5. Mix cream cheese and mascarpone in a bowl with your hand mixer at medium speed. Add sweet potatoes, 240g sugar, molasses, vanilla, cinnamon and salt. Then add the eggs and at the end corn starch. Once you add the eggs only mix until homogenous. Otherwise the batter will be too airy, would rise too much and then collapse again.
    6. Spread cream cheese mixture evenly on the bottom of the cake. Bake 60 minutes at 130C. After that the cake should still move a little in the middle when you push against the edge of the pan. It will get completely firm when it cools down.
    7. Before the end of the baking time, mix sour cream, vanilla and sugar until smooth. Spread on the baked cake and bake another 5 minutes. Turn oven off and let the cake sit in there for another two hours. Do not open the oven if possible! Take out and let cool down at room temperature.
    8. For the caramel icing grind the candy and melt in a pot together with the cream at low heat while stirring all the time. To decorate, spread over the cake with a little spoon.
    Enjoy!
    Cookie image from wikipedia. Photo template from pugly pixel.
Article

Book beginnings on Friday

The mysteries of Pittsburgh 

Today’s book beginning is from a novel that I read a long, long time ago. I looked around for a book (I am still reading “Visitation” from last week, so nothing new to choose) and my eye fell on “The Mysteries of Pittsburgh” by Michael Chabon. I remembered that it had a really great first sentence. Most of you probably know it anyway. So, here we go:

At the beginning of the summer I had lunch with my father, the gangster, who was in town for the weekend to transact some of his vague business.

What is YOUR book beginning today? To see more book beginnings go to A few more pages!

Article

Week on the web #2

weekontheweb

Here are my finds for this week…

Article

An unequal fight

Unequal fight

I couldn’t really call this post “What I like…besides books” because playing with Playmobil is not really one of my hobbies, however, I do spend quite a bit of  time doing it.

As you can see a fierce battle is about to start. Needless to say the strong and well-equipped army of knights and soldiers in the temple belongs to my son whereas the motley crew of peasants, civilians without any weapons and poor sods without even a brain belongs to me… Some reading on asymmetric warfare is in order.

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Needlework Tuesday: Crochet basket

OK, I decided to stop working on the crochet socks. Why? Well, first of all, crocheting socks is dead boring. By the time I got to the heel I was already fed up with it. Second, I was not looking forward to doing ANOTHER sock after the first one. I just hate doing the same thing twice with the same yarn. So, no homemade crochet socks for me.

Instead I looked around and found a super easy pattern for a little notions bowl at Ravelry. You can also find the pattern directly at Barb’s patterns if you are no Ravelry member. I use the bowl for small jewellery items and think it’s pretty cute, especially with that purple-cream yarn.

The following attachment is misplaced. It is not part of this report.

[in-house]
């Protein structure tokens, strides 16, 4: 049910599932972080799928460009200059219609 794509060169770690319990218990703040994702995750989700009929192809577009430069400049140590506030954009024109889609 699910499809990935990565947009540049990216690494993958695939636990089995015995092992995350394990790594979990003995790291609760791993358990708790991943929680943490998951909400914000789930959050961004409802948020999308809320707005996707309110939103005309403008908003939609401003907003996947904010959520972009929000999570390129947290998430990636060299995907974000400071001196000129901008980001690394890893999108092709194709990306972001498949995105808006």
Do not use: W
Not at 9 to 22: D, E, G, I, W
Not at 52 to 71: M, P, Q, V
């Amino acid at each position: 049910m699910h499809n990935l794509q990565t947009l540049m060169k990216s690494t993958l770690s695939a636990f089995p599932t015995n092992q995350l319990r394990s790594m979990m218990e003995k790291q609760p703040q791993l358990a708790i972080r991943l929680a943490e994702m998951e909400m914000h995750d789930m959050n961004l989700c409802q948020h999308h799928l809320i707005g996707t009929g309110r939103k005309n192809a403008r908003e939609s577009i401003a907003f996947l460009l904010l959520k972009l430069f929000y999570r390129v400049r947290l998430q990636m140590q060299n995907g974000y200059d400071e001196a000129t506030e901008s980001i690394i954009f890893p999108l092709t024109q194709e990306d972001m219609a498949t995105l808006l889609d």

crochet_basket

Image template from pugly pixel

What have you made recently? Join us for Needlework Tuesday which is hosted by Heather from Books and Quilts.

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I wish someone were waiting for me somewhere by Anna Gavalda

Ich wünsche mir, dass irgendwo jemand auf mich wartet Blurb (from Goodreads):

Hailed by Voici as "a distant descendant of Dorothy Parker," prize-winning Anna Gavalda has caused an international sensation with this dazzling collection of short stories selling over 700,000 copies in her native France. With arresting naturalism, a lively variety of perspectives, Gavalda writes simply–and beautifully–of human beings longing to connect. Gavalda has a knack for capturing our inner as well as our outer dialogues with perfect pitch, provoking reflection, pain, and laughter in equal measure. The stories in I Wish Someone Were Waiting for Me Somewhere are as wicked as they are insightful, as stylish as they are sparse, as fiercely unsentimental as they are emotionally wrought.

 


In a nutshell:

I liked it:  x   Yes       No

For people who like: French literature, short stories about human relationships of any kind


My thoughts: 

I was going to read this book for “Paris in July” but then I never got around to doing it during summer. But better late than never. I have never read anything by Anna Gavalda, but this little book with short stories turned me into a fan.

Courting Rituals of the Saint-Germain-des-Prés (Petites pratiques germanopratines)

A very short story about a chance encounter, the following dinner and a wrong glance at the wrong time that breaks the deal. I loved it. We don’t know whether the deal breaker came as a welcome excuse or not, but it certainly shows that even a moment as short as a nanosecond can ruin your evening.

Pregnant (I.I.G.)

The German title of this story “Ungewollter Schwangerschaftsabbruch” (Unwanted termination of pregnancy) gives a much clearer hint as to what happens in this story. It made me uncomfortable from page 1 and I checked the original title to see whether the German or the English translator took some liberty here. In fact, it was the English one, as the original title is I.I.G. which, I suppose, stands for “Interruption Involontaire de Grossesse” which means “involuntary interruption of pregnancy”. From the start I knew where this was going, however, the end is even worse than I imagined.